Abstract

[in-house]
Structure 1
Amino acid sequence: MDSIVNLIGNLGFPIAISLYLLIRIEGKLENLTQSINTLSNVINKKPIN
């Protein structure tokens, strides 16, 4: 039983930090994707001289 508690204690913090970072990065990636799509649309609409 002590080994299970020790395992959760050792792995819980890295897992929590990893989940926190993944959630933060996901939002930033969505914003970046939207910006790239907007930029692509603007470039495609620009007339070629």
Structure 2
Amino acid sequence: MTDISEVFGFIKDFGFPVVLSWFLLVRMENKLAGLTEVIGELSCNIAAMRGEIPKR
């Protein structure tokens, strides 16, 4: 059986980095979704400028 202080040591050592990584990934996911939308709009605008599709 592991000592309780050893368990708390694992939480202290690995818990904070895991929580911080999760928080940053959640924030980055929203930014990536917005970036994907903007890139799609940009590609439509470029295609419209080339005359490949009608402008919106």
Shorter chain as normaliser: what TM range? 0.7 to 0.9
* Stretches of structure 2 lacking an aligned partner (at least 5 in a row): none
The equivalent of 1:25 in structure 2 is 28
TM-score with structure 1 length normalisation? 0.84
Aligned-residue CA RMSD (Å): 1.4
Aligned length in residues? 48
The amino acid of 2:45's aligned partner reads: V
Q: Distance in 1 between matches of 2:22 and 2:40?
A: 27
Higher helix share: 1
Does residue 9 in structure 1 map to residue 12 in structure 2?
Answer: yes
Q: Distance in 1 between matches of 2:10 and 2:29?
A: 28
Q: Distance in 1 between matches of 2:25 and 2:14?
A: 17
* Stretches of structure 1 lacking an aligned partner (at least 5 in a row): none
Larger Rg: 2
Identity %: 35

Some recently-proposed counterexamples to the traditional definition of essential property do not require a separate logic of essence. Instead, the examples can be analysed in terms of the logic and theory of abstract objects. This theory distinguishes between abstract and ordinary objects, and provides a general analysis of the essential properties of both kinds of object. The claim ‘x has F necessarily’ becomes ambiguous in the case of abstract objects, and in the case of ordinary objects there are various ways to make the definition of ‘F is essential to x’ more fine-grained. Consequently, the traditional definition of essential property for abstract objects in terms of modal notions is not correct, and for ordinary objects the relationship between essential properties and modality, once properly understood, addresses the counterexample.

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